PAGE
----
Some Serious Questions About the New Horror Movie 'Mama'

The Atlantic Wire

Riding the subway back downtown after a screening of the new ghost movie Mama, my viewing partner and I posed few questions to each other about what we'd just seen. We continued asking these questions even once we were off the subway and comfortably ensconced in a window seat at a snug East Village bar. We had lots of questions, is the point. And so, in lieu of writing a full-on review of this senseless and tediously dumb movie, I'm just going to, as an homage to Pete Wells, pose some of those questions, put them out into the inter-ether and wait not-very-expectantly for a response. Beware: spoilers abound.

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1. Why is the creepy abandoned cabin in the Virginia woods, where a ruined financier (Nikolaj Coster-Waldau) who's just killed his business partners and wife takes his two daughters to kill them, decked out in dusty 1970s furniture? I mean, that's fine, cabins got abandoned in the '70s same as any decade, but then what specific connection does the 140-year-old ghost who saves the girls from their daddy have with this relatively contemporary (and, if you cleaned it up, quite lovely) abode? And why does the camera linger on the name of the house, written on a little plaque outside, if the name plays no part in the rest of the movie? Is this all just spooky set-up with no real meaning behind it?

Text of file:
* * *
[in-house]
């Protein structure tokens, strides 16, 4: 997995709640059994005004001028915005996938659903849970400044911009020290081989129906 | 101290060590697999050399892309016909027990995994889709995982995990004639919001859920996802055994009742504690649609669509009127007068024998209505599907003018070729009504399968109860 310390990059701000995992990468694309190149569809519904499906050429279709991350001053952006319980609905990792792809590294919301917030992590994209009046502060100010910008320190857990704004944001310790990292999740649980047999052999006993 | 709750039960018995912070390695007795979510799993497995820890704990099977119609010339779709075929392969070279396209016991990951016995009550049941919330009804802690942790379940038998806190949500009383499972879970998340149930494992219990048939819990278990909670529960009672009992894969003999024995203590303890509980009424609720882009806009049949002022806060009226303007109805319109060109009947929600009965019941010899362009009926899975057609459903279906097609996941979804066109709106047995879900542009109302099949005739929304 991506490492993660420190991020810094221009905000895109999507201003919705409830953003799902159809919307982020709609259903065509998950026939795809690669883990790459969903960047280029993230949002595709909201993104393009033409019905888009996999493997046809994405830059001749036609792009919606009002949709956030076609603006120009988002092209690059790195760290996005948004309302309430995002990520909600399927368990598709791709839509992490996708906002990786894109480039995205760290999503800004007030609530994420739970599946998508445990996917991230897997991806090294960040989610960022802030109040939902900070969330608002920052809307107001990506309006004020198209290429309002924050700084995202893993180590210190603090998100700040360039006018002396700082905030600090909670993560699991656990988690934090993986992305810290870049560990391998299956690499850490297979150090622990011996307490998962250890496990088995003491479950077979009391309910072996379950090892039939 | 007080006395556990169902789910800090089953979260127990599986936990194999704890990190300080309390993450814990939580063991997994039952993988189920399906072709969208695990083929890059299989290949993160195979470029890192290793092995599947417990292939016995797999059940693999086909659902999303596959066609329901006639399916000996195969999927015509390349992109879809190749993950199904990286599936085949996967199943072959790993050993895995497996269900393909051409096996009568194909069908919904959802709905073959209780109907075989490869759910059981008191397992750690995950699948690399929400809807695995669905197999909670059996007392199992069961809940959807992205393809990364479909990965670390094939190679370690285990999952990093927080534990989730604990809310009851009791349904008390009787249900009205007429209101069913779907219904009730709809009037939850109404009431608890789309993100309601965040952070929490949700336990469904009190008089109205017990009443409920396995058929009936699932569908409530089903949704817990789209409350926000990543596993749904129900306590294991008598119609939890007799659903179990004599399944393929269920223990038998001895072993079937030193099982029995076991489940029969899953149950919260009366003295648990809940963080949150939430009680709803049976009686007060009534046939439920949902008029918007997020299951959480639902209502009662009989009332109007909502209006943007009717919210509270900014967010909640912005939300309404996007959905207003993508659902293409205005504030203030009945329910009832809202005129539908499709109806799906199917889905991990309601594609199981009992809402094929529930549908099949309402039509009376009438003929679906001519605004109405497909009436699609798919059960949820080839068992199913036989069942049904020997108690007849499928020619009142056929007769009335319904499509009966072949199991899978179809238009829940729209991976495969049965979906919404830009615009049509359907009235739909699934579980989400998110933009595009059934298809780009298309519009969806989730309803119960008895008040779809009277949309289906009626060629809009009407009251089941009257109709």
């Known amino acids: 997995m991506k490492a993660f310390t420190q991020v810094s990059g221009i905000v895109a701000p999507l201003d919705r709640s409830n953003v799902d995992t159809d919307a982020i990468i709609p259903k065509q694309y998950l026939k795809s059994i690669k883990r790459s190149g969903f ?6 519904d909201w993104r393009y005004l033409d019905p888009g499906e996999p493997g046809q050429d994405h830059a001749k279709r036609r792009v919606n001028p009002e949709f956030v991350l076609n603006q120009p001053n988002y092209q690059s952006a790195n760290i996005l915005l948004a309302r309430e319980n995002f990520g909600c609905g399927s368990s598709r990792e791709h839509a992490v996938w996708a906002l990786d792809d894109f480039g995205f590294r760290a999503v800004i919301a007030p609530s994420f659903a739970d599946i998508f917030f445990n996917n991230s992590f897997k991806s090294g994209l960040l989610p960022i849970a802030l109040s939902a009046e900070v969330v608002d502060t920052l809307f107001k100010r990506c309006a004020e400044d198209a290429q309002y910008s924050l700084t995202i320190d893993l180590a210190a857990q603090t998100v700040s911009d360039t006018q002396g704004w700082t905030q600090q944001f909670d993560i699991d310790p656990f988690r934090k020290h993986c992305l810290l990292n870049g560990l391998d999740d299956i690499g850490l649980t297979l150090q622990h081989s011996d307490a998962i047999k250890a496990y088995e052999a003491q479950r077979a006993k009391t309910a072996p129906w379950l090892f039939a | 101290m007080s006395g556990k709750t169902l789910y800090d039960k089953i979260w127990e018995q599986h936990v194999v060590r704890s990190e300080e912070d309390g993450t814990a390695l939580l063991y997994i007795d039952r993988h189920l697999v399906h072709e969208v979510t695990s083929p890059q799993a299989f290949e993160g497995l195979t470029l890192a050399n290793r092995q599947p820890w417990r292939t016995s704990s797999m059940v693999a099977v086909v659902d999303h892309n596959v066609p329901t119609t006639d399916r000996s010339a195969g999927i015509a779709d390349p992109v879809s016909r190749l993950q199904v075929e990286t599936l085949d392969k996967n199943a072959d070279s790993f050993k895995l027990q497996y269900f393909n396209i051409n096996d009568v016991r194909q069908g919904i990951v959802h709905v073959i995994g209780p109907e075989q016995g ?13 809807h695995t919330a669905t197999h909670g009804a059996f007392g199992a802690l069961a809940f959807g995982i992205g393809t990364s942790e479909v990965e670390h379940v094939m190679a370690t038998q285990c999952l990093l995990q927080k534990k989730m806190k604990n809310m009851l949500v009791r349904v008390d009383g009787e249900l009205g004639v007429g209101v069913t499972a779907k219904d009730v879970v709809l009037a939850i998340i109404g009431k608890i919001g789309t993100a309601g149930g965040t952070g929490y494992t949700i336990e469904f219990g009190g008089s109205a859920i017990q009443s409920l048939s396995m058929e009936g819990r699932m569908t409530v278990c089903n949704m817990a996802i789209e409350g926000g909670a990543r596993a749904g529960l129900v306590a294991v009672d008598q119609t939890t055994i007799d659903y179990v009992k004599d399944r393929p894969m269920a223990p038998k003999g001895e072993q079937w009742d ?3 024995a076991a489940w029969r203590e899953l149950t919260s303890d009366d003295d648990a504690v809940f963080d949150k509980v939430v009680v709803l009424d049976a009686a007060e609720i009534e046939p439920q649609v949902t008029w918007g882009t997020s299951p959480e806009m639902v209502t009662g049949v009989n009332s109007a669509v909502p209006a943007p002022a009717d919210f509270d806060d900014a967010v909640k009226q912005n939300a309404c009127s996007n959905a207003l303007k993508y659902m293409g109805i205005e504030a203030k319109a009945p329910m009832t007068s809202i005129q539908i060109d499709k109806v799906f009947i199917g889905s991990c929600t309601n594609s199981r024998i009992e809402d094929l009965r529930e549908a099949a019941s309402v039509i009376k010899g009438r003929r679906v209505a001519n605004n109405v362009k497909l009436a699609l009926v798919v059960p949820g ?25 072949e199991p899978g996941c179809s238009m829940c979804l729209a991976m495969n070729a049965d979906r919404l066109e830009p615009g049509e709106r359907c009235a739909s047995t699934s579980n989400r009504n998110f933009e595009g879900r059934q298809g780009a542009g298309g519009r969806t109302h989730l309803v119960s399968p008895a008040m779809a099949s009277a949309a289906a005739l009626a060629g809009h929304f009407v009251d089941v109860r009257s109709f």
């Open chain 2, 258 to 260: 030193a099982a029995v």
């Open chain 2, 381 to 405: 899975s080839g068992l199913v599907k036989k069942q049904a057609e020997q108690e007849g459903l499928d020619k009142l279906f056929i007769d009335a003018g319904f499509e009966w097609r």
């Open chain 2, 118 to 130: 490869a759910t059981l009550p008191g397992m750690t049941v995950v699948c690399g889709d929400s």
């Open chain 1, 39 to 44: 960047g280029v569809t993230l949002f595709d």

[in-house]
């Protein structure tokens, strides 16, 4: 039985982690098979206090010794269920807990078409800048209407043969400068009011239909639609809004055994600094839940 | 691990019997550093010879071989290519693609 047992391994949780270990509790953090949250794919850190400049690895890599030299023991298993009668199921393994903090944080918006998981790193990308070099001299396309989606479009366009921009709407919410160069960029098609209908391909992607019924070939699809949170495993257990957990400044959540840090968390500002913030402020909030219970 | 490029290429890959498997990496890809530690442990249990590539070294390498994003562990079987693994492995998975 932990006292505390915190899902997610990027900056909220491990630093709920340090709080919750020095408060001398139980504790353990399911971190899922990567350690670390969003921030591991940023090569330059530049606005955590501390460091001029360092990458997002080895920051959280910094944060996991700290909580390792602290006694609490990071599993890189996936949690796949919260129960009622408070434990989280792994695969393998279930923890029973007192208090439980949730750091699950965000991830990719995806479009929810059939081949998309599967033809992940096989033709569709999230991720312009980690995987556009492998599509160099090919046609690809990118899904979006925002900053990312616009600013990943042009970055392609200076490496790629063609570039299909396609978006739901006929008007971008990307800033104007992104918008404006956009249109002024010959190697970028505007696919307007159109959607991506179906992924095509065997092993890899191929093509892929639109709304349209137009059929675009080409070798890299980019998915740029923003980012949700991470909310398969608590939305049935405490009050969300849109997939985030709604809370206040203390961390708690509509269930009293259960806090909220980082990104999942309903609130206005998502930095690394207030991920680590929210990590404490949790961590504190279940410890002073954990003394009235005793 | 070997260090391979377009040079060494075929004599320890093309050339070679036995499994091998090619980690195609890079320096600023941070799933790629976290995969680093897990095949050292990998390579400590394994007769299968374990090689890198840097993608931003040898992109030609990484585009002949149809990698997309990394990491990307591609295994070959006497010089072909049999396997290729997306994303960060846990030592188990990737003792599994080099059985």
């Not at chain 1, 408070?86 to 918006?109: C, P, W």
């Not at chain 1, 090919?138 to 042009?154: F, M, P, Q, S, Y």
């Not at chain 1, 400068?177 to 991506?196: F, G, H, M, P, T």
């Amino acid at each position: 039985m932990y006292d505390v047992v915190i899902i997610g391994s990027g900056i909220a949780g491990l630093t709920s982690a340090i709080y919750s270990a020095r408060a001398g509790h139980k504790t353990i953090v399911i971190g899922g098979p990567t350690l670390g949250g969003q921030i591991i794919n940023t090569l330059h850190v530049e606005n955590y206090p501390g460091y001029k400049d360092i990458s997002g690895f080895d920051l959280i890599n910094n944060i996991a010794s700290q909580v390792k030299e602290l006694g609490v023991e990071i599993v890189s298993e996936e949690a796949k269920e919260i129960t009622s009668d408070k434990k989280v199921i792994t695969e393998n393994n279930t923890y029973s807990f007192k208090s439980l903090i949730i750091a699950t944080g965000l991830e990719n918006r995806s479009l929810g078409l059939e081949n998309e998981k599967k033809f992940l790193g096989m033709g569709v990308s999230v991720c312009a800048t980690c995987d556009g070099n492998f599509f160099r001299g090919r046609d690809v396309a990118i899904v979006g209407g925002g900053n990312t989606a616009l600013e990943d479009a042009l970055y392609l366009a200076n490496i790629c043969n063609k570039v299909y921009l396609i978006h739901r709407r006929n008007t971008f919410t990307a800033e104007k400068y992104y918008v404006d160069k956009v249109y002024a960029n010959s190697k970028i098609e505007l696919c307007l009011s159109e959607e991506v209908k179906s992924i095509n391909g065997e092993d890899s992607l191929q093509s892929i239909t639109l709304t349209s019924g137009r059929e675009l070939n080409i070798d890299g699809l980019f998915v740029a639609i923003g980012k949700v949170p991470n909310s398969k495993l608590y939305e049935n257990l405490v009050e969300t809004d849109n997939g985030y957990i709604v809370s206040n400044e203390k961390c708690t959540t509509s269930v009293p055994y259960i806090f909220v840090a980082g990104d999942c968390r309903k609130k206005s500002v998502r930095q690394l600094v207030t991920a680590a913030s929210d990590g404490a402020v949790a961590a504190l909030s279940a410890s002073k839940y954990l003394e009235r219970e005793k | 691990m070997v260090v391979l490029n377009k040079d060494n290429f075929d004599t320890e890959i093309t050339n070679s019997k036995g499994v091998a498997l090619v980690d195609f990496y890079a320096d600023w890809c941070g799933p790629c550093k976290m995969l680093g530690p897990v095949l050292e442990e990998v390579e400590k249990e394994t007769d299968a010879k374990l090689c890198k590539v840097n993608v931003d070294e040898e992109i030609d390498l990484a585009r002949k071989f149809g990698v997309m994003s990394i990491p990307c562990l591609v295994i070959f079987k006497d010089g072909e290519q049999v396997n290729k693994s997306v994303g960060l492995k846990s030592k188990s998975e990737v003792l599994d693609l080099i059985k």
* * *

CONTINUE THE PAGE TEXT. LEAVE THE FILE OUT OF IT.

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2. Why does the financier's brother Lucas (also Coster-Waldau) — who spent five years looking for his two nieces before they are discovered, feral and wild, in the cabin — deserve to have custody of the girls over their mother's sister? I get that she's frosty and blonde and Lucas is a hip artist with a rocker grrl wife/girlfriend named Annabel (Jessica Chastain), but beyond that? Why is this barely working guy with a reluctant life partner such a better candidate than this woman of equal relation to the children who can offer them stability and seeming affluence? Are we simply to go along with the movie's early failings in logic and sense-making because we're told to?

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3. Back to those feral children, you're telling me, Mama, that two little girls running around like animals in a pretty well-situated cabin in Virginia of all places weren't found for five years? What, did the locals forget that cabin existed? Or did they just think, "Aw heck, those littl'uns probably aren't in that furnished cabin, that'd be crazy"?

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4. Why do Annabel and Lucas so unquestioningly agree to live in the house that the creepy psychiatrist Dr. Dreyfuss (Daniel Kash) offers them? What even is this house? And if it's a science house, meant for observation of patients, where are the cameras? Also what? Do such things even exist? Surely this isn't just some lame excuse to get the characters out of their cramped apartment and into a spooky, dark, drafty home, right?

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5. If one of the two girls, the younger one Lilly (the rather remarkable Isabelle Nélisse), is as feral as she appears to be, would she really be sent to live with relative strangers so quickly? And would the two girls really be left alone with their uncle's girlfriend after the uncle suffers a mysterious accident and is laid up in the hospital? If Dr. Dreyfuss has these kids in an observation house, where's the observation? He stops by like twice in the movie, shouldn't he be there more often?